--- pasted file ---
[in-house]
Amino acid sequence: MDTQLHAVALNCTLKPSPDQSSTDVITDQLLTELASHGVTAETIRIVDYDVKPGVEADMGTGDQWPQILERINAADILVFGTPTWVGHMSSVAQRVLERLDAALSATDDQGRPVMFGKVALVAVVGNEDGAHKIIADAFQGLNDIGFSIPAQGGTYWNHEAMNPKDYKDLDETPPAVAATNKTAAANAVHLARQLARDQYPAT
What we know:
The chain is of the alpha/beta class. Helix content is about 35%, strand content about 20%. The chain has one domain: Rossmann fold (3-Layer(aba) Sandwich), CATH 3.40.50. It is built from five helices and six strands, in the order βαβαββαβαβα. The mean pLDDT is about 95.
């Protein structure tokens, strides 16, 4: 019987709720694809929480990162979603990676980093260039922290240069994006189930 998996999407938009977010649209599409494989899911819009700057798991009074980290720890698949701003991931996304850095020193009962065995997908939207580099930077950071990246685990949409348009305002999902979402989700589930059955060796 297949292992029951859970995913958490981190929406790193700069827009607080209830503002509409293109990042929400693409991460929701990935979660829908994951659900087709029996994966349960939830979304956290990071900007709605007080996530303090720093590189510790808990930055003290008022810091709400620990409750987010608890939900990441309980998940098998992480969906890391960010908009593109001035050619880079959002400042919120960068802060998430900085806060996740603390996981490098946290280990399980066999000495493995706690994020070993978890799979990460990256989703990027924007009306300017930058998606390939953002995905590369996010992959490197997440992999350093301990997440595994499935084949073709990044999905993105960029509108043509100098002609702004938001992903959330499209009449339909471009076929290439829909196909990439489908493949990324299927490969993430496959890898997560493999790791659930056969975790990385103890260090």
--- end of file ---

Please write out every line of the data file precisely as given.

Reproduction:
[in-house]
Amino acid sequence: MDTQLHAVALNCTLKPSPDQSSTDVITDQLLTELASHGVTAETIRIVDYDVKPGVEADMGTGDQWPQILERINAADILVFGTPTWVGHMSSVAQRVLERLDAALSATDDQGRPVMFGKVALVAVVGNEDGAHKIIADAFQGLNDIGFSIPAQGGTYWNHEAMNPKDYKDLDETPPAVAATNKTAAANAVHLARQLARDQYPAT
What we know:
The chain is of the alpha/beta class. Helix content is about 35%, strand content about 20%. The chain has one domain: Rossmann fold (3-Layer(aba) Sandwich), CATH 3.40.50. It is built from five helices and six strands, in the order βαβαββαβαβα. The mean pLDDT is about 95.
């Protein structure tokens, strides 16, 4: 019987709720694809929480990162979603990676980093260039922290240069994006189930 998996999407938009977010649209599409494989899911819009700057798991009074980290720890698949701003991931996304850095020193009962065995997908939207580099930077950071990246685990949409348009305002999902979402989700589930059955060796 297949292992029951859970995913958490981190929406790193700069827009607080209830503002509409293109990042929400693409991460929701990935979660829908994951659900087709029996994966349960939830979304956290990071900007709605007080996530303090720093590189510790808990930055003290008022810091709400620990409750987010608890939900990441309980998940098998992480969906890391960010908009593109001035050619880079959002400042919120960068802060998430900085806060996740603390996981490098946290280990399980066999000495493995706690994020070993978890799979990460990256989703990027924007009306300017930058998606390939953002995905590369996010992959490197997440992999350093301990997440595994499935084949073709990044999905993105960029509108043509100098002609702004938001992903959330499209009449339909471009076929290439829909196909990439489908493949990324299927490969993430496959890898997560493999790791659930056969975790990385103890260090």